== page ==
When visitors walk through cobbled pavements with bags of spices surrounding them amidst the thick, bitter scent of Arabic coffee, they can be forgiven for thinking they have somehow been transported to old Dubai from the heart of Dubai Festival City.
With the taste of authentic Emirati cuisine, Al Fanar Restaurant & Café revives the memories of Dubai from the 1960s, when it was a small town on the shore of the Arabian Gulf — with rows of wind towers surrounded by the Al Badia oasis where fishermen, pearl merchants and Bedouins lived a simple life.
Hashem Al Marzouqi, owner of Al Fanar (which means “beacon” or “lighthouse” in Arabic), and principal of theme park specialist firm Aspen Creations, said he wanted to create a restaurant with a 100% Emirati ambience and educate visitors about his culture.
Before entering the restaurant, a scene of the Al Badia oasis has been constructed: a Bedouin tending to his flock of camel and goats; a donkey loaded with kerosene to fuel the lamps of the town, an old Land Rover parked near the side door ready to unload the goods from a long haul, and the landscape dotted with tents and barasti (palm fronds) huts where the locals spend lazy summer nights outdoors.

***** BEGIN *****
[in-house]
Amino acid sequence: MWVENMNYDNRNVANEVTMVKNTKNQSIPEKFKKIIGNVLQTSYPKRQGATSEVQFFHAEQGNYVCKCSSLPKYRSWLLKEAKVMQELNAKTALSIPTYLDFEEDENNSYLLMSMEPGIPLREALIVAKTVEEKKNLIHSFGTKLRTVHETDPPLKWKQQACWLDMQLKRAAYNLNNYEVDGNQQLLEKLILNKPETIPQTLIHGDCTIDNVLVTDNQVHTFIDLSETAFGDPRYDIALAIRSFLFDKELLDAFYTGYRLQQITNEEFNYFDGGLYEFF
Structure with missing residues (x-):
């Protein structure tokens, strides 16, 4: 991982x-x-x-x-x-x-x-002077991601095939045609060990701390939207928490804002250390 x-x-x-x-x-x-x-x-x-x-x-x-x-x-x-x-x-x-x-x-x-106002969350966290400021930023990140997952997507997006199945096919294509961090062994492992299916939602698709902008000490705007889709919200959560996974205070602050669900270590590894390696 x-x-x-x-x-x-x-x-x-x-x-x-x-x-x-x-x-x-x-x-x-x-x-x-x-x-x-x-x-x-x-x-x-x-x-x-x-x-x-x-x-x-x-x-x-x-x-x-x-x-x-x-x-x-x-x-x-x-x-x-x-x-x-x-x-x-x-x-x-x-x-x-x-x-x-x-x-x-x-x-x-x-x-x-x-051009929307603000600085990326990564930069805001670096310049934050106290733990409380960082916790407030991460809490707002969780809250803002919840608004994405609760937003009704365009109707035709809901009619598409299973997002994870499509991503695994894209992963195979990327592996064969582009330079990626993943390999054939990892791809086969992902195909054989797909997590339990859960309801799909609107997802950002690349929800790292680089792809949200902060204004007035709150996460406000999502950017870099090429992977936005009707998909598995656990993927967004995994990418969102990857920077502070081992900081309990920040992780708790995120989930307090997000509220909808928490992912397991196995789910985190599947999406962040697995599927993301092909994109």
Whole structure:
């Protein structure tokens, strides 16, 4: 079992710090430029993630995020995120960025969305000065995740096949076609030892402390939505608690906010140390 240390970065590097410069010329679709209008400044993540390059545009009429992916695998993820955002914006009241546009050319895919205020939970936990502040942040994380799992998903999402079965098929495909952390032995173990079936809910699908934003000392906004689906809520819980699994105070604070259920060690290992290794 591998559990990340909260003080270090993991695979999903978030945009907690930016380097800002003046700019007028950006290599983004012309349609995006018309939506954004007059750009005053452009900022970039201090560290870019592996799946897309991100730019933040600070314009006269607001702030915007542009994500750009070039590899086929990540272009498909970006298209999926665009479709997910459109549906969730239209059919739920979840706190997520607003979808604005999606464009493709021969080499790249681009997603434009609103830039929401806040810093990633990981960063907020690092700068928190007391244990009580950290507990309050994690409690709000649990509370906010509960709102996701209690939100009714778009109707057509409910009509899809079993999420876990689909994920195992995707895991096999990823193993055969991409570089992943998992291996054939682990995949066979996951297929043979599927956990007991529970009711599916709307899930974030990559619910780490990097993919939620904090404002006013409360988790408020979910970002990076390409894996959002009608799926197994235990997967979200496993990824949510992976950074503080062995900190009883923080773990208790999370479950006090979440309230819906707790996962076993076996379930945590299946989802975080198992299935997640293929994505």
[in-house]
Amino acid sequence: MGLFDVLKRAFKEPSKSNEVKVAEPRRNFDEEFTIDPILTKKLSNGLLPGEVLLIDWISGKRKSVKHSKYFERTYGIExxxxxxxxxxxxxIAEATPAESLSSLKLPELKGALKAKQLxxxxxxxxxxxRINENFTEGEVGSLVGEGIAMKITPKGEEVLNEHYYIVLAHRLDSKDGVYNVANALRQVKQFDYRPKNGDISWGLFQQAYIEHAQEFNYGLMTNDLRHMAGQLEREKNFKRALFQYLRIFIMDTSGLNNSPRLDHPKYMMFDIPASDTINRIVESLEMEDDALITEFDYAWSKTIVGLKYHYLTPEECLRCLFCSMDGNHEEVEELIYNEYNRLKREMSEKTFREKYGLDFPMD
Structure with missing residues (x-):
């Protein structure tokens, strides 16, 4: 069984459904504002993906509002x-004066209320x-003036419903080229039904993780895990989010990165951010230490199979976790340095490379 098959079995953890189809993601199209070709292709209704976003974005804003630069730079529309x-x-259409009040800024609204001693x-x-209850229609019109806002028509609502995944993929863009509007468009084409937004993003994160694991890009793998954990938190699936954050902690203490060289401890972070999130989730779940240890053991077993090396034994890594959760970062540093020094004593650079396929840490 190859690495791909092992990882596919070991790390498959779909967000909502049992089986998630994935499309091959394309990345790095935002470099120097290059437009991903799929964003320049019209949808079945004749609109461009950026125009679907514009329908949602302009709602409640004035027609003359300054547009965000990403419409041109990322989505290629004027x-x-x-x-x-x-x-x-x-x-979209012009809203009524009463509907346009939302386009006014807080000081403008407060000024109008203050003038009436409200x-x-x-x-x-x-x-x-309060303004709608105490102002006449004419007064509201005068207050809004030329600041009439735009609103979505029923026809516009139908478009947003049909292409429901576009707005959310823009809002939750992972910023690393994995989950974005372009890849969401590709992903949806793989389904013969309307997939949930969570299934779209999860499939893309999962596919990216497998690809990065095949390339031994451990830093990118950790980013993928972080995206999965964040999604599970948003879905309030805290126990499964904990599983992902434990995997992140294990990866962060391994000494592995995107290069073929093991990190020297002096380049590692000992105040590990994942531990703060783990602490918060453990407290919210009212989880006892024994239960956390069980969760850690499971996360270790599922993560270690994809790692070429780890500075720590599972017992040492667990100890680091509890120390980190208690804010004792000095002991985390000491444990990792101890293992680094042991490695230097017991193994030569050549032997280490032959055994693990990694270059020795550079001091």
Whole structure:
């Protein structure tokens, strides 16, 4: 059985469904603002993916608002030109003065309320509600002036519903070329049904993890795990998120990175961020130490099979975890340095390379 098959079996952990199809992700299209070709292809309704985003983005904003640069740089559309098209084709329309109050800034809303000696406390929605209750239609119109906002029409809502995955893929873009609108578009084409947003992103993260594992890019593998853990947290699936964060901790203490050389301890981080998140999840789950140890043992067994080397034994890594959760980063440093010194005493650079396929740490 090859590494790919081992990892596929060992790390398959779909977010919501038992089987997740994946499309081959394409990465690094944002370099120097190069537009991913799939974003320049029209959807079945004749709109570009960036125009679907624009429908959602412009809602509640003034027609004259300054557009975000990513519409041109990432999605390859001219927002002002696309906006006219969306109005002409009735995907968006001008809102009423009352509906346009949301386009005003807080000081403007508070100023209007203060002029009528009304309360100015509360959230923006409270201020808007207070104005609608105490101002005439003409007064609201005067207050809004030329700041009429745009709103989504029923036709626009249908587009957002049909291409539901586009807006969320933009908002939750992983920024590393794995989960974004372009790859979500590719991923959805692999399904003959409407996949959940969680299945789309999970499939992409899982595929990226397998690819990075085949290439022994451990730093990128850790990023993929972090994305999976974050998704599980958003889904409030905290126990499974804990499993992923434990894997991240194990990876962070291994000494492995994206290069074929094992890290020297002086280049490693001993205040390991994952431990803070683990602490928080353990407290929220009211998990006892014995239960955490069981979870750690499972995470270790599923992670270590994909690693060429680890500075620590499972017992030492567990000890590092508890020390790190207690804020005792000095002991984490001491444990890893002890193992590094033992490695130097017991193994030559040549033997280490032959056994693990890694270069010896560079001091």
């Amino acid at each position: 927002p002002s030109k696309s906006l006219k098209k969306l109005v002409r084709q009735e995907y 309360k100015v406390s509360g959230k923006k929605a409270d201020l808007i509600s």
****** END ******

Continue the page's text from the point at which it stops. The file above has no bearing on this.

The old town of Dubai was a thriving city of trade where goods from neighbouring countries were brought in, and traded with pearls. The architecture had a very distinctive character — rows of wind towers, walls made of coral stones and mud, grilled wooden windows and vaulted wooden doors.
Recreated in the same manner, visitors are expected to go through an alley to their right, which takes them inside to the roofed souq (Souq Morshed) where oud (incense), bukhoor (scented woodchips/bricks), saffron, spices and sweets are sold, with a traditional café serving Arabic tea and coffee.
Through another corridor, people step into the main seating area of the restaurant called Bait Al Tawash (house of the pearl merchant) courtyard through its vaulted doors with a large Al Sidr tree in the centre and a ceiling wallpaper of blue, cloudy skies.
In every traditional house, visitors will most likely find one of two trees – Al Sidr and Louz. “The trunk is a little bigger than it actually is because there was a column over there, which we cladded,” said Al Marzouqi. With this setting, visitors experience what was once the centre of the house a long time ago.
He said currently most of the restaurant visitors are UAE nationals, with even aged members of society visiting to relive the past.